I don't own a boat. I learned at Seattle Sailing Club last Fall and passed my ASA 101 and 103 there. They have about a dozen boats altogether. My 103 class and $200/mo certified me for their 5x J24s, 2x J22s, a Catalina 22, a C&C24, and the Cal 25. They also have a couple J80s, J105s, a J30, J35, Catalina 34, and a C&C 36. Their sister company is a yacht brokerage that sells new J boats, Alerions, and True North power boats.

I made the J/22 logo when I reserved my first boat, but never ended up sailing it because too many people came along. It's funny I picked that club because of all the J boats, but in the 4 times I've skippered so far, it's never been a J. It'll happen eventually as the spring and summer race season gets going. I'm very happy with the club and glad I don't have to make boat payments or pay moorage anywhere.

If someone forced me to trade my club dues in for a boat before March, it'd be a cheap Catalina 27 with a diesel. But I plan on staying with the club for a long time and may never buy a boat.

sailingfool 01-22-2007 08:58 PM

54 Attachment(s)
UK has some excellent videos on MOB techniques - its free but you need to you need to register

sailingdog 01-22-2007 09:00 PM

I think your lifejacket would have died from hypothermia... Practicing MOB drills is essential, and repetition makes it go much smoother, especially if you practice in various conditions—light wind, heavy wind, choppy seas, calm seas... etc.

One thing to be aware of if you're doing drills with just a lifejacket or PFD—a MOB weighs a lot it takes a lot more effort to get them out of the water. A friend of mine had us do MOB drills with a weighted dummy in a PFD... let me tell you, it was a rude awakening...

CDRA 01-23-2007 08:48 AM

A rigid attached boarding ladder with at least 3 rungs below the water line makes getting your manoverboard on board easier.

sailingdog 01-23-2007 09:42 AM


Originally Posted by CDRA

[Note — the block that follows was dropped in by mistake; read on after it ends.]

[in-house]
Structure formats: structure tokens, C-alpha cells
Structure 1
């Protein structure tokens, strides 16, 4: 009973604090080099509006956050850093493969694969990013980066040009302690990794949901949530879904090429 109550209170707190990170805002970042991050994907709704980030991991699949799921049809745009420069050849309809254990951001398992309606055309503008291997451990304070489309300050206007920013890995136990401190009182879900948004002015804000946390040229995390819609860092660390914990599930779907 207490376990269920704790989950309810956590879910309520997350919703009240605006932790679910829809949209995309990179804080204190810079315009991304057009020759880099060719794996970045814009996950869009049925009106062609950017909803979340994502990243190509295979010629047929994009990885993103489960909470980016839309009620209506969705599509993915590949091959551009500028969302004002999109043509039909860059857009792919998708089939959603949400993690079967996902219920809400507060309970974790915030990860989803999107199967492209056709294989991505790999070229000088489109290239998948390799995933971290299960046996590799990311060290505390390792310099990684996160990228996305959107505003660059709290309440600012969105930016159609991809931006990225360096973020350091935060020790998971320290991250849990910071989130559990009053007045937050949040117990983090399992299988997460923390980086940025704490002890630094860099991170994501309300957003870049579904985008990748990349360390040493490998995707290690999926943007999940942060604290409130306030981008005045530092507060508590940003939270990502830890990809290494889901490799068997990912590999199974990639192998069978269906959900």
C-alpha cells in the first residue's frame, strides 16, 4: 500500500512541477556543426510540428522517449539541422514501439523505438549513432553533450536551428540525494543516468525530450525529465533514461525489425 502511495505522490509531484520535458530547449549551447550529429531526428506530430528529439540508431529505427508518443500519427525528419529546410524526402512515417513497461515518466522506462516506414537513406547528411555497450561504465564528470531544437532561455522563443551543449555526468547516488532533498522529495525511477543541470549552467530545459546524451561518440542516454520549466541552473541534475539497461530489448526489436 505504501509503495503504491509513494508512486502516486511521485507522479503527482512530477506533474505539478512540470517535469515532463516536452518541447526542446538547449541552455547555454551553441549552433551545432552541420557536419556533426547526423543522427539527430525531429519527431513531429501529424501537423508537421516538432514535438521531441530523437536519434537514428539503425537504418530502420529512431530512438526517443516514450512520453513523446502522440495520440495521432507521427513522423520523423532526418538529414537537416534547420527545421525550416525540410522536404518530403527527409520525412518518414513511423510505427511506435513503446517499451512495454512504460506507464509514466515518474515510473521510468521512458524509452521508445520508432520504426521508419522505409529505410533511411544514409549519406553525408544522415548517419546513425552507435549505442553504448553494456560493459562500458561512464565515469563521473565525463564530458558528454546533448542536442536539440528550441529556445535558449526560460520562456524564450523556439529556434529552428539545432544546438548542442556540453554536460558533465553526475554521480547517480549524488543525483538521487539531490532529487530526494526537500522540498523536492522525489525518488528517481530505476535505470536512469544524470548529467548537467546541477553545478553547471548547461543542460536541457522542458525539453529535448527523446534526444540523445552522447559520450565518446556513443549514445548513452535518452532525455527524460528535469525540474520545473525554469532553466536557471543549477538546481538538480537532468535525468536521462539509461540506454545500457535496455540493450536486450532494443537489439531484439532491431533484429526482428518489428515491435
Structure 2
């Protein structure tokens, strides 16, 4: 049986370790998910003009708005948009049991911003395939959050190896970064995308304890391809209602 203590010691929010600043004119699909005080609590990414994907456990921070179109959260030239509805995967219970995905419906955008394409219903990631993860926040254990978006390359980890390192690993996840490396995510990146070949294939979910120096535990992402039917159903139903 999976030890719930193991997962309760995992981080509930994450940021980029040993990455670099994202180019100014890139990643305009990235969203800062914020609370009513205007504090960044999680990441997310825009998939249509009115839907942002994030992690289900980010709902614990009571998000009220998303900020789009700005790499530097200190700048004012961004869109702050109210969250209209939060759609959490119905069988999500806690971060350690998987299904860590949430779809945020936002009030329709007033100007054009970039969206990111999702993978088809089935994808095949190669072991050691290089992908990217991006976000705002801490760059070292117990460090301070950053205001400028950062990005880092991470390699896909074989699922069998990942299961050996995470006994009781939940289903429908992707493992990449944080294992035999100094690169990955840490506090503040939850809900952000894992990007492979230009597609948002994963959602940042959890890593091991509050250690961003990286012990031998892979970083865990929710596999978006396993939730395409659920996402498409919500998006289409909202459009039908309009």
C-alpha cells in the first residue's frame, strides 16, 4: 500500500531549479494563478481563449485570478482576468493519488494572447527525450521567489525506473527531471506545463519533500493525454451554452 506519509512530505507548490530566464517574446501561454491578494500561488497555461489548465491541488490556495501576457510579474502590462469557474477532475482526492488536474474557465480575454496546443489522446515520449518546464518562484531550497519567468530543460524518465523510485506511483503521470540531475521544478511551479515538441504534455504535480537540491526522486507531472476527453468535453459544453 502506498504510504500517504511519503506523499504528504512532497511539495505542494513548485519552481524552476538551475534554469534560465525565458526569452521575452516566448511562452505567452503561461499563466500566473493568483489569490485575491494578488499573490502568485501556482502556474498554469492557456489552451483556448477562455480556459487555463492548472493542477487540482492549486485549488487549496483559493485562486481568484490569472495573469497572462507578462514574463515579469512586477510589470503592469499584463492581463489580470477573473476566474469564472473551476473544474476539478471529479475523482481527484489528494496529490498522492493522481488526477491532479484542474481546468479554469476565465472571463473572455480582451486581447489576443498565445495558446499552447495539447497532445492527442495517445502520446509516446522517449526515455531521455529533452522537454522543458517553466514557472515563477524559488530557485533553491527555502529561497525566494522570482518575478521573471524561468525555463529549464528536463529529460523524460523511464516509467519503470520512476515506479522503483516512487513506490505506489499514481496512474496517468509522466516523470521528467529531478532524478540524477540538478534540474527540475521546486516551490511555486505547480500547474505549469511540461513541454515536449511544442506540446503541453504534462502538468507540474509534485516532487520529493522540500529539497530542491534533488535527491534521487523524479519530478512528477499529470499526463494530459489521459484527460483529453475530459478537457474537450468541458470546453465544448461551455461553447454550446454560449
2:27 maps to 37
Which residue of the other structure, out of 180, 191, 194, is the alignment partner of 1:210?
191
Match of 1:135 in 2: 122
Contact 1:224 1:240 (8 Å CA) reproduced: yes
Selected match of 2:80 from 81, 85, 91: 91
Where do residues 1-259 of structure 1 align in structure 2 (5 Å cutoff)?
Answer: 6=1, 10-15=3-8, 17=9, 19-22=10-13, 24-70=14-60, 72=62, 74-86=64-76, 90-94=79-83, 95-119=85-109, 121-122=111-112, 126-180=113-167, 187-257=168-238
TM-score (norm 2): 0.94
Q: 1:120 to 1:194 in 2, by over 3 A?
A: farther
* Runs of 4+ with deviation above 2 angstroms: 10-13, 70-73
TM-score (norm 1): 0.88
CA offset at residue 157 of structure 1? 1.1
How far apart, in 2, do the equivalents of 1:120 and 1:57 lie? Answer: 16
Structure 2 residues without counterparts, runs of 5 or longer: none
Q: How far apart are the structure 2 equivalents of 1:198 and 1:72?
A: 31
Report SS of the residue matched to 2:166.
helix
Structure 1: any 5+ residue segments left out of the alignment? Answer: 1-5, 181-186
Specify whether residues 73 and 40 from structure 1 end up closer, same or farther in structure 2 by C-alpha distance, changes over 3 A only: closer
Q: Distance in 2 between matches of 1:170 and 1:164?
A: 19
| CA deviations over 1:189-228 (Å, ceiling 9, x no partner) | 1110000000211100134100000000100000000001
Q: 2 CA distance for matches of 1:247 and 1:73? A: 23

A rigid attached boarding ladder with at least 3 rungs below the water line makes getting your manoverboard on board easier.

You're assuming that the MOB will be able to assist in re-boarding, which is often not the case. Even a short immersion in cooler waters (<70˚) can lead to almost complete incapacitation on the part of the MOB. :rolleyes:

Sailormon6 01-23-2007 11:25 AM

Ray, you said you "ran over" the MOB (pfd) twice. If you were able to maneuver close enough to "run over it," I don't understand why you weren't able to recover it. If you can get that close, then you should be able to hook it with a boat hook and pull it out of the water. Did you have a person with an extended, telescoping boat hook, positioned on the side where the boat would pass the MOB?

Years ago, an Annapolis Sailing School instructor taught me that, after you steer the boat to windward, while it is coasting toward the MOB, you should steer the boat as if you're trying to run him down. (Obviously, you shouldn't actually run him down. :rolleyes: ) The point is that, you want to recover him as quickly as possible, and preferably on the first attempt, so you want to get as close to him as possible. When you coast up to him, you should be going very slowly, and you can bear away from him a bit at the last moment, so you don't actually run over him.

In a MOB situation, in addition to the boat hook, you should also have a throw bag or similar device at hand, so that, even if you don't get close enough to snag the MOB with a boat hook, you can throw a line to him and pull him alongside. If you don't have crew to help you recover the MOB, it would probably be difficult for you to move from the helm to the side or bow of the boat in time to reach him with a boat hook, but you can probably throw him a line without leaving the helm.